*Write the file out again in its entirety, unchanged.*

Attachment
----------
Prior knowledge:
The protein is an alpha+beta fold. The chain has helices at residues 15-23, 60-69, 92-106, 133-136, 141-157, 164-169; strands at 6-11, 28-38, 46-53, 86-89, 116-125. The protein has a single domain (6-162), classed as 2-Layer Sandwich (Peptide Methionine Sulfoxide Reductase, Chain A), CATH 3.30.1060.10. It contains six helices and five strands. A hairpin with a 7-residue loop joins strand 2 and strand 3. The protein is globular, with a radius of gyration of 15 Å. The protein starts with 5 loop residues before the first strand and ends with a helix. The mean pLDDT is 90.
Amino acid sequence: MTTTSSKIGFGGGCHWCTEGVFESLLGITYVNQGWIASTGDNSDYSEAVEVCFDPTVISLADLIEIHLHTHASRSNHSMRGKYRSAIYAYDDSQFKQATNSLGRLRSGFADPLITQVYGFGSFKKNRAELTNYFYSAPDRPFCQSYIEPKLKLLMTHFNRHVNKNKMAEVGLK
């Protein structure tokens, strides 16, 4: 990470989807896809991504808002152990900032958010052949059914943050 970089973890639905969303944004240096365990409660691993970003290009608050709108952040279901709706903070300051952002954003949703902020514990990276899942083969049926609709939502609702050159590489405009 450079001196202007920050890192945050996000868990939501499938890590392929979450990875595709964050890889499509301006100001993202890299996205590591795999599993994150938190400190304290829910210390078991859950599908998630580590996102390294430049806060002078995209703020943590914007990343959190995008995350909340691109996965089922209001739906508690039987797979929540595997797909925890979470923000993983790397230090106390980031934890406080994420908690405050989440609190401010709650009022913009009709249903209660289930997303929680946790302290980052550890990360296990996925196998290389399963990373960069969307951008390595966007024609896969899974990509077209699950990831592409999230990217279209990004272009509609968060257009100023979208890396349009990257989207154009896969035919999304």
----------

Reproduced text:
Prior knowledge:
The protein is an alpha+beta fold. The chain has helices at residues 15-23, 60-69, 92-106, 133-136, 141-157, 164-169; strands at 6-11, 28-38, 46-53, 86-89, 116-125. The protein has a single domain (6-162), classed as 2-Layer Sandwich (Peptide Methionine Sulfoxide Reductase, Chain A), CATH 3.30.1060.10. It contains six helices and five strands. A hairpin with a 7-residue loop joins strand 2 and strand 3. The protein is globular, with a radius of gyration of 15 Å. The protein starts with 5 loop residues before the first strand and ends with a helix. The mean pLDDT is 90.
Amino acid sequence: MTTTSSKIGFGGGCHWCTEGVFESLLGITYVNQGWIASTGDNSDYSEAVEVCFDPTVISLADLIEIHLHTHASRSNHSMRGKYRSAIYAYDDSQFKQATNSLGRLRSGFADPLITQVYGFGSFKKNRAELTNYFYSAPDRPFCQSYIEPKLKLLMTHFNRHVNKNKMAEVGLK
């Protein structure tokens, strides 16, 4: 990470989807896809991504808002152990900032958010052949059914943050 970089973890639905969303944004240096365990409660691993970003290009608050709108952040279901709706903070300051952002954003949703902020514990990276899942083969049926609709939502609702050159590489405009 450079001196202007920050890192945050996000868990939501499938890590392929979450990875595709964050890889499509301006100001993202890299996205590591795999599993994150938190400190304290829910210390078991859950599908998630580590996102390294430049806060002078995209703020943590914007990343959190995008995350909340691109996965089922209001739906508690039987797979929540595997797909925890979470923000993983790397230090106390980031934890406080994420908690405050989440609190401010709650009022913009009709249903209660289930997303929680946790302290980052550890990360296990996925196998290389399963990373960069969307951008390595966007024609896969899974990509077209699950990831592409999230990217279209990004272009509609968060257009100023979208890396349009990257989207154009896969035919999304």